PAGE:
The hope! There’s an eternity of no storms ahead of us in the presence of Jesus.
Men like to manage things and there’s nothing wrong with that. But sometimes we men try to manage or fix things, so we don’t have to deal with uncertainty and there’s plenty wrong with that. This habit will often reflect how we approach relationships, which are inherently messy.
For instance, my seven-year-old grandson asked me if he could have a chocolate covered sugar free wafer cookie; something old people are suppose to eat when they watch calories and carbohydrates. Only when he asked, he already had the cookie in toll, right between two of his fingers. He smiled and did asked politely, but there is a problem here. Do you see it coming?
I felt managed and then said, “No, if you are going to ask me for a cookie, then ask me first, without having the cookie already between you grimmy fingers—as if I can’t turn you down.” He looked shocked! Like how was I supposed to know he was doing this? Then I said, “I’m being manipulated (another word for ‘managed’) by you and that bugs me.”
Later, my grandson comes to me and asked for the cookie again. This time, he doesn’t have it between his fingers and I say, “Yes.” After eating the cookie, he said, “Grampa, I asked first without holding the cookie in my hand.” There was a little smile of pride. I thought, “How come I’m still feeling managed?”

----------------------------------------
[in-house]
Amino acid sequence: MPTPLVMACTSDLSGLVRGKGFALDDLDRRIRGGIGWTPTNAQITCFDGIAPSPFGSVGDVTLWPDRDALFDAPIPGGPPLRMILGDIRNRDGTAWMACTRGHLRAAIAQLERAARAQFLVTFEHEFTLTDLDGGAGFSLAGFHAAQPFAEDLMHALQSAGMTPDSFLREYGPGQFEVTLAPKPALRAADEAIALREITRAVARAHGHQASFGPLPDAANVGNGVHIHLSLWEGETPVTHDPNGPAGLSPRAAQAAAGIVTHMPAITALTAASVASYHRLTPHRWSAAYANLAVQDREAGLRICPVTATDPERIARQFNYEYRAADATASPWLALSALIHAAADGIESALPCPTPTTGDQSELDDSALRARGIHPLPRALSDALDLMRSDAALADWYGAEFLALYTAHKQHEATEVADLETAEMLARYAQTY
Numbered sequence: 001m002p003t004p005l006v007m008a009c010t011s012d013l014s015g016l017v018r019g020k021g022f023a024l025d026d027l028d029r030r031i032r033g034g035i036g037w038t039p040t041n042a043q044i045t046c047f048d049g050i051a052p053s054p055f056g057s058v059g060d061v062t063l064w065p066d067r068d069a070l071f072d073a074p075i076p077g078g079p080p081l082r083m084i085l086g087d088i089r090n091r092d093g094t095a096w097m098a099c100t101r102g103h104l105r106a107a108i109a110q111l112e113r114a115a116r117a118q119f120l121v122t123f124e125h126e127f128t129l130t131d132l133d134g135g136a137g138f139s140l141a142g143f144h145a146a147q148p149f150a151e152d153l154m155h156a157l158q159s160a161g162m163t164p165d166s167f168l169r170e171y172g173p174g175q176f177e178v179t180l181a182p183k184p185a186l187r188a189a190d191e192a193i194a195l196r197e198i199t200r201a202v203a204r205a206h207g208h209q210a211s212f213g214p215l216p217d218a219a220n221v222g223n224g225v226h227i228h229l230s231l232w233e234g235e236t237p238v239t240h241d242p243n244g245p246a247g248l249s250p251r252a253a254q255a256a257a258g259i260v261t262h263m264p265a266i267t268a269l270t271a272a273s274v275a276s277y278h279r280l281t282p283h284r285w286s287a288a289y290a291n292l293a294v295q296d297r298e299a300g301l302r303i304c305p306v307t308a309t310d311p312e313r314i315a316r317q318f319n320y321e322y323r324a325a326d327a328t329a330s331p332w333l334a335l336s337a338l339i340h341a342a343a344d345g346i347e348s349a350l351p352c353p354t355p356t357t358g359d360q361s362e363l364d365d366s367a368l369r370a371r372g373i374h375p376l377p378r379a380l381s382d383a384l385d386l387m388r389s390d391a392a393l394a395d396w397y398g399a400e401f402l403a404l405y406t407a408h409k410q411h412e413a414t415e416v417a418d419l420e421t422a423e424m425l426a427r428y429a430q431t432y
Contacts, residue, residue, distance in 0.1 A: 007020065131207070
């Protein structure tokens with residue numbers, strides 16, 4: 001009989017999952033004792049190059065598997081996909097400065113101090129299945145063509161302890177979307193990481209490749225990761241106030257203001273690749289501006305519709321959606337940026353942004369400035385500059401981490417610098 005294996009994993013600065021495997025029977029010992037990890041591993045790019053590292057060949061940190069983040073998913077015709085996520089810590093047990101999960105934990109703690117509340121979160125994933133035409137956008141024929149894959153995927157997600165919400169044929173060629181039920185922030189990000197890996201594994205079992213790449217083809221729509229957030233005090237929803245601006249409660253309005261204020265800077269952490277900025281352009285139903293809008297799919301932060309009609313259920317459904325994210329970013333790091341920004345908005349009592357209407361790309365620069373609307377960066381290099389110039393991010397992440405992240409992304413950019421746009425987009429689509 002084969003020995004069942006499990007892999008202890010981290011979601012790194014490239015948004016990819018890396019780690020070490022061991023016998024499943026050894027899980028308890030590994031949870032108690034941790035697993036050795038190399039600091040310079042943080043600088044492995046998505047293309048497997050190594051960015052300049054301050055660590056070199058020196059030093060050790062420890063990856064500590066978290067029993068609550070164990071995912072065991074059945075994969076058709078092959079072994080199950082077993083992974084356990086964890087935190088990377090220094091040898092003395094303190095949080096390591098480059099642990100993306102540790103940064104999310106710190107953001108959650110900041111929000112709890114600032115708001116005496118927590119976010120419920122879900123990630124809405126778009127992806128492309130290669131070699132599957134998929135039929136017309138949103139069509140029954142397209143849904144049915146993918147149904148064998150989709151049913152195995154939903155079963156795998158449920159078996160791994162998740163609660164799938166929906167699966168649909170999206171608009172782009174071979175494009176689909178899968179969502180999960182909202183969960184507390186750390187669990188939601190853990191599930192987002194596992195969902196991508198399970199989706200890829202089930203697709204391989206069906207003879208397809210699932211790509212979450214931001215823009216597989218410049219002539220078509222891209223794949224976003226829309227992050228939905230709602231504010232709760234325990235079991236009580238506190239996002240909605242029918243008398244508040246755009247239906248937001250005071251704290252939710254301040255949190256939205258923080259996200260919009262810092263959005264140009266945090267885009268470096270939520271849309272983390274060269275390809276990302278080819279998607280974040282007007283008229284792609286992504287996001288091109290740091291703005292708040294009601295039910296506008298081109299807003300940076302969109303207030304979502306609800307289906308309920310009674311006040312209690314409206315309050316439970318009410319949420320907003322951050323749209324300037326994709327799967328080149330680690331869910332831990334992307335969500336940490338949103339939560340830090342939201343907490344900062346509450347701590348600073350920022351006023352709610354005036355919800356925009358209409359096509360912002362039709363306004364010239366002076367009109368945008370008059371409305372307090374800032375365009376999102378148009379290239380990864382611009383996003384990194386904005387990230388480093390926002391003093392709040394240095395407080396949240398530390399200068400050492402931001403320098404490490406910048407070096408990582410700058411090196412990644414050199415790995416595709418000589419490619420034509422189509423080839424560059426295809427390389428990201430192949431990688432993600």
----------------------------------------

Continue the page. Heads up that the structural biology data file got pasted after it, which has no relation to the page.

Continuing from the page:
Whether my grandson asked in the right way or not, his focus was more on the cookie, which still seemed like he was demanding it. In other words, rather than enter into the uncertainty of possibly not getting the cookie, his goal is to find a way to eliminate that uncertainty, so he can in fact have that cookie. Hence, even asking in the right way was twisted, because his politeness is possessiveness.
This longer introduction into the subject of God and storms is to make the point that sometimes we men will do anything we can, just to get some proverbial cookie. It doesn’t matter what the cookie is and by the way, all of humanity is included in this scenario too.
Last week, when I mentioned Jonah’s story, it was to reveal how God can and will use personal storms to show us he’s soverign. And sometimes, it will come across as a disruptive love. I’m not talking tough love but disruptive love.
Storms shake us up and like it did with Peter in Matthew 14, the storm was used to impress upon him that trying to manage or manipulate his faith is considered “Little Faith.” Whatever it was, it seemed like Peter was going for a cookie of personal satisfaction. It looked good and what he did was bold, but as the waves continued to roll, he began to sink. God’s disruptive love brought Peter to this moment.
That moment was to trust Jesus, even in the uncertainty, without trying to guarantee he’d get whatever proverbial cookie he was demanding, which I think Jesus knew was happening—my bias.
It’s not that cookies aren’t good, but Jesus is enough. When I make the cookie the focus, I’m sinking. That’s true for Jonah, Peter, my grandson, and me too. How about you?